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BPR Interviews: Mei Fong

Mei Fong, a Pulitzer Prize-winning journalist, has reported on the societal impacts of China’s burgeoning economy. Her most recent book, One-Child: The Story of China’s Most Radical Experiment, explores the conditions and effects of China’s one-child policy.

BPR: Do you think that, ultimately, the one-child policy was successful? Did it achieve what it set out to do?

MF: It was successful in one sense because it completely changed the mindset of large parts of the Chinese population. Now, the government has switched to a two-child policy, or at least widened the one-child policy’s parameters, in the hopes of trying to encourage more people to have children. [The new policies] face an uphill battle because the ideal mindset of the one-child family has become so entrenched in the minds of many Chinese that it is going to be very hard to shift that. There are a lot of opinion polls that suggest that many Chinese will not be interested or willing to have a second child despite the loosened restrictions. Many cite a host of reasons — from financial costs to pollution — but many people say that they simply don’t want to have more children. This might be a mark of the one-child policy’s success: that it’s no longer needed [and] has become too successful. But certainly going ahead, the one-child policy will negatively impact China’s economic growth. The policy has made China extremely lopsided in terms of its demographic mix. There exists a significant greying society. By 2050, one in four Chinese will be a retiree. The fact that there are so many more people living longer and growing older is not a function of the one-child policy. But the fact that there is a much smaller worker base to support those who are living longer, that is very much a function of the one-child policy.

BPR: What about instances of resistance? Have there been any large scale or consistent examples against the one-child policy?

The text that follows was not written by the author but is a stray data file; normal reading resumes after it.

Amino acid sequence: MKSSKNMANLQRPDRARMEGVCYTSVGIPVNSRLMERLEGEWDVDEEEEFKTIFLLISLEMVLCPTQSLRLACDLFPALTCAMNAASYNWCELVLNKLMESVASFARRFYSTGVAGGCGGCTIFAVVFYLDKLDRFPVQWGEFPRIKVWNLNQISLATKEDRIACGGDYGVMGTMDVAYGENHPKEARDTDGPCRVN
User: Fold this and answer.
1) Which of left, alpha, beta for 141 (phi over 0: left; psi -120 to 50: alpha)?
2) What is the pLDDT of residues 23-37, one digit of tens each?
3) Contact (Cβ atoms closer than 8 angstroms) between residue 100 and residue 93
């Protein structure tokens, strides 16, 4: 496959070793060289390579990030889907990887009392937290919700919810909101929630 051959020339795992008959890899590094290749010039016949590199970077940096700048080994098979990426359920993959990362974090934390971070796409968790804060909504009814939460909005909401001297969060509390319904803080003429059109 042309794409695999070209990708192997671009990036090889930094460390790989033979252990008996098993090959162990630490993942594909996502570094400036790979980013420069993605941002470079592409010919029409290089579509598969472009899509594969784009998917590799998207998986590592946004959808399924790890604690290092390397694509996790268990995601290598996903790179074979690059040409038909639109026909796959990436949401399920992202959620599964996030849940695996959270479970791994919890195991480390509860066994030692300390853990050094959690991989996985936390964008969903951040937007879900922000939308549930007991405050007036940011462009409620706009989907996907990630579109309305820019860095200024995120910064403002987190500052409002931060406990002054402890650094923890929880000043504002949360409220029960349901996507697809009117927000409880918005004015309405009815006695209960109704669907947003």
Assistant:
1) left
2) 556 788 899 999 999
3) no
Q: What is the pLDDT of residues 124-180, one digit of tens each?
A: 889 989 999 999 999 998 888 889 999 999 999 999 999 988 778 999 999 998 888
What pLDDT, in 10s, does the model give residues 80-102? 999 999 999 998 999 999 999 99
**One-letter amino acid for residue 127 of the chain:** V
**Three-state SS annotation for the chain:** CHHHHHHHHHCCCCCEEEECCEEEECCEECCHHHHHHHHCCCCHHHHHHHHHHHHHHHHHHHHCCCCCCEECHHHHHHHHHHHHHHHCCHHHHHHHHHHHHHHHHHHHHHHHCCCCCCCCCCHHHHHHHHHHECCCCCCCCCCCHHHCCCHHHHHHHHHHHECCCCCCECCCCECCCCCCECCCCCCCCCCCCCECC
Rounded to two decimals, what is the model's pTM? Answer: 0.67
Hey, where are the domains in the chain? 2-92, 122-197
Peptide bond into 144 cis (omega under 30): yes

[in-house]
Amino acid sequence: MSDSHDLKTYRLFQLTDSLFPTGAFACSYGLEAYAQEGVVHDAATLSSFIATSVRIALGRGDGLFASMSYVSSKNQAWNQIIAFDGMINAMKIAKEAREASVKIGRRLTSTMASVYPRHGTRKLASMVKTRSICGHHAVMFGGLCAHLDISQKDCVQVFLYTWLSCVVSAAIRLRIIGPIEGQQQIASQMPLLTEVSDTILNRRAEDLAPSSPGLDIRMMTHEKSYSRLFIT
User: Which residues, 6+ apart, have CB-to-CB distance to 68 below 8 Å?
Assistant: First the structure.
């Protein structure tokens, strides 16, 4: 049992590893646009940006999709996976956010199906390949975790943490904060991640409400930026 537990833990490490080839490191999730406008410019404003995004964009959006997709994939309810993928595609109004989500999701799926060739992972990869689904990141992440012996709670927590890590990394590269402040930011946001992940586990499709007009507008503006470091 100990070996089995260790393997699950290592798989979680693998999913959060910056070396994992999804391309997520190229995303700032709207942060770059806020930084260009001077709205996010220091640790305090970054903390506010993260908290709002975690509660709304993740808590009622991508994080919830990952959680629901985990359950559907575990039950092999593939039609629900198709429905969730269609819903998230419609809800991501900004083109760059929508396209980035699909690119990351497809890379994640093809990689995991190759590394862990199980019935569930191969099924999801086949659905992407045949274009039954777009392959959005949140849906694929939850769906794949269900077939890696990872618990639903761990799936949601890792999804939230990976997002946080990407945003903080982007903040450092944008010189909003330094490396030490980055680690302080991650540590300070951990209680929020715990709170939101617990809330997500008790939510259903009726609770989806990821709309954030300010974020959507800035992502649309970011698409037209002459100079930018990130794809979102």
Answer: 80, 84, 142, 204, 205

MF: Resistance has taken place on an individual level. One of the big instances of resistance, if you call it that, were pregnant women who would go into hiding in other parts of China in an effort to evade detection and enforcement until they gave birth. This became very common. Moms would go into other villages and try to conceive their children in hiding, because until they give birth they might run the risk of a forced abortion. Other instances of resistance come in the form of people dodging the one-child policy and finding ways around it. There are all sorts of ingenious ways around it — people faking marriages, people faking divorces, people using multiples (giving birth to twins and triplets) as a way to evade the policy — because that counts as a single birth so you’re not liable to lose your child or pay huge fines. These [forms of resistance] were all on an individual level. It wasn’t concerted per se.

BPR: How did the one-child policy alter the political landscape of China?

MF: I don’t know if it did, per se. The Chinese Communist Party was and continues to be supreme both before and after the inception of the one-child policy. There was a theory that floated around at the start of the one-child policy — what does it mean when you have a whole generation of single children who will be coddled or raised with greater expectations and greater freedoms? Would this lead to possibly a greater demand for democracy or freedom or opening up of the political sphere? I think that it’s still a theory and hasn’t been proven. It’s quite likely there’s a counterbalance to that theory too, which is that people who have grown up under the system of the one-child policy not only have greater desires but also have to satisfy greater demands. Let’s not forget that whole sector of the aging population. All the demographic pressures that will come onto their shoulders may cause them to become more conservative and risk-averse. There’s also a sense that there’s a lot on [the younger generation’s] plate. Even setting aside cost considerations, you can imagine one child being born in many households means there are no siblings to share the support of aging parents and grandparents. It’s a huge emotional strain and huge time-constraint issue. I think these effects will counterbalance the idea that we might see a revolutionary issue coming up.

BPR: Do you think China’s two-child policy will cause a substantial change in the country?

MF: Theoretically, it’s still kind of the same one-child policy. Even though we call it the one-child policy, it’s a method of convenience to describe the whole basket of regulations. Even though it’s moved to a two-child policy, there are still regulations on the subject of China’s reproduction. The shift makes it easier for people to have a second child. There are a lot of indications to suggest that it won’t produce a baby boom — social polls indicate many people, particularly in urban China, do not wish for a second child. In the past, when the government has loosened some of these regulations, as it did two or three years ago, the take-up was slow. These effects are forecasted to continue under China’s two-child policy.